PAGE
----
Anonymous
Anonymous asked in Arts & HumanitiesBooks & Authors · 1 month ago

What’s the best way to replace the n-word while reading a book out-loud?

Hi! I read out loud to my best friend all of the time and I wanna start reading The Help but I don’t know the best way I can avoid saying words I shouldn’t be (the n-word and things like that). It’s a really great book and he’s never read it or seen the movie! Im not sure if just saying “n-word” while reading is the best way to do it cause it doesn’t flow as well. What do you guys think?

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  • 1 month ago

    I think you're trolling, but just in case you're not, you should just read the words on the page. After all, the author put them there, didn't she? It's silly and pointless to pretend nobody ever used or uses the word.

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  • 1 month ago

    It's a solid question because so many excellent books have that awkward word. I just go with "n-word".

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  • F
    Lv 6
    1 month ago

    Call the person Nigel.

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  • Tina
    Lv 7
    1 month ago

    If your best friend has a problem with reading, the best thing you can do for him is to help him with that. If you must read aloud to him, then you have to have a discussion about the language in the book before you start, explaining that the words belong in the book, and they are not to be used in ordinary conversation.

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  • chorle
    Lv 7
    1 month ago

    Schools have actually considered Changing it in some of Mark Twain's work to "Slave" but they have also considered the impact of the words chosen in that case. 

    My personal opinion is you should use it when reading Huck Finn books and if you are getting killed in the next scene by Django.  It would depend on the context and do let them know your editing it as you read it. 

    • bluebellbkk
      Lv 7
      1 month agoReport

      That would be utterly ludicrous.

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  • Anonymous
    1 month ago

    You could refer to the "tinted folk", or use some phrase such as "dusky maiden".  (Do  not say 'swarthy', that means gyppo.)

  • j153e
    Lv 7
    1 month ago

    "N-word" = "bad or badly behaving black person," a "deplorable;" for some people in some periods of the past, "black person" = "bad person," aka the "n-word."  For Stockett's "The Help," would suggest that "bad black person" is a fair translation; or, if that's too tame, "nasty black person" or "worthless black person," etc.  Also depends on the character Stockett has saying the "bad" word; a white of that period would usually use it straight out to = "bad, undesirable, and black."  A "house n-word" might use it more ironically or straight out, depending on their character.  A "field n-word" would tend to use it, in a Stockholm syndrome, to attack other blacks' perceived bad behavior; or, more likely, if the black "field n-word" were disgruntled at "the Man," or "uppity," would tend to use it ironically, much as the modified n-word (ending in "a" is used among gangsters and gangster rap as a "homey" word; this is a typical appropriation of a negative term and turning it into a positive within the group.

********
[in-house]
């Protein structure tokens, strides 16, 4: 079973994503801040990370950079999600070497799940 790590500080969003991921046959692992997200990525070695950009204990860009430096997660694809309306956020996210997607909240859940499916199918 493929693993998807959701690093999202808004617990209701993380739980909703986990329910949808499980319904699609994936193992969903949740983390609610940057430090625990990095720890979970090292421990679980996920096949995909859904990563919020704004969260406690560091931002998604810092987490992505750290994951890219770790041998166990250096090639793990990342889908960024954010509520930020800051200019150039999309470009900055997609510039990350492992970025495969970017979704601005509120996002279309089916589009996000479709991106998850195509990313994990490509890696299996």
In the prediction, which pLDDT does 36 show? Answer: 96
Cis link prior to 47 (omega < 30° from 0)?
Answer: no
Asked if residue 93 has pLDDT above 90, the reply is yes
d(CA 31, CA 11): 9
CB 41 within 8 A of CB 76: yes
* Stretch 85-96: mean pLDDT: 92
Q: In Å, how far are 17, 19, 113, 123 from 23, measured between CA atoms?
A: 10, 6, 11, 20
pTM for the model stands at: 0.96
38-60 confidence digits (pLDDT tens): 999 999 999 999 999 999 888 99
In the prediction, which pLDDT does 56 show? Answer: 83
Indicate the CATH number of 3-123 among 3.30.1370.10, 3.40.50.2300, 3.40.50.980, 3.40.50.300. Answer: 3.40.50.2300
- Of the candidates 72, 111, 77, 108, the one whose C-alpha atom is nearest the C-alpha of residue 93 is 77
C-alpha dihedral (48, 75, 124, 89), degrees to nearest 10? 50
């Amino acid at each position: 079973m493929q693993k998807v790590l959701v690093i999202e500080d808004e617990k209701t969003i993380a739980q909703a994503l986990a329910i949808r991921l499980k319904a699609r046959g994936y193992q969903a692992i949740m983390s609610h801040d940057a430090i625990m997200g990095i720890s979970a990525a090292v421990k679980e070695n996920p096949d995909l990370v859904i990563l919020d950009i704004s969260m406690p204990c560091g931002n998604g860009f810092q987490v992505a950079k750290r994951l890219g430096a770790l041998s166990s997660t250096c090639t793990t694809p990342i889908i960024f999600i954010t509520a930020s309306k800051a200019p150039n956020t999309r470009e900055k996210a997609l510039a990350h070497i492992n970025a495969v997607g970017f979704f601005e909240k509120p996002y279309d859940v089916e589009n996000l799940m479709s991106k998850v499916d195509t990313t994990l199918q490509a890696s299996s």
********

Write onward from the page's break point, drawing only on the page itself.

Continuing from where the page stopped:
Other words such as the f-bomb, scatology (s-bomb), etc. are somewhat translatable as "screw you," "crap" or "damn," etc.

    You might find this Juneteenth (June 19th), 2020 release worthwhile (produced by the author of "The Ten Things You Can't Say in America," who is a black person):  https://uncletom.com 

    • Sir Caustic
      Lv 6
      1 month agoReport

      <clap> <clap> <clap> <clap>

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  • 1 month ago

    Read a book that doesn't contain the n-word, you twit. Or tell him to read it himself. Hope this helped.

    • bluebellbkk
      Lv 7
      1 month agoReport

      I don't know if you've actually read the book yourself, Sir C. It's an excellent and very instructive read.

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  • 1 month ago

    I think you need to read the book as written. Your friend knows that it's not you choosing to use the word. You can even tell them ahead of time that you personally object to some of the language, but the author chose every word for a reason and you want to respect that.

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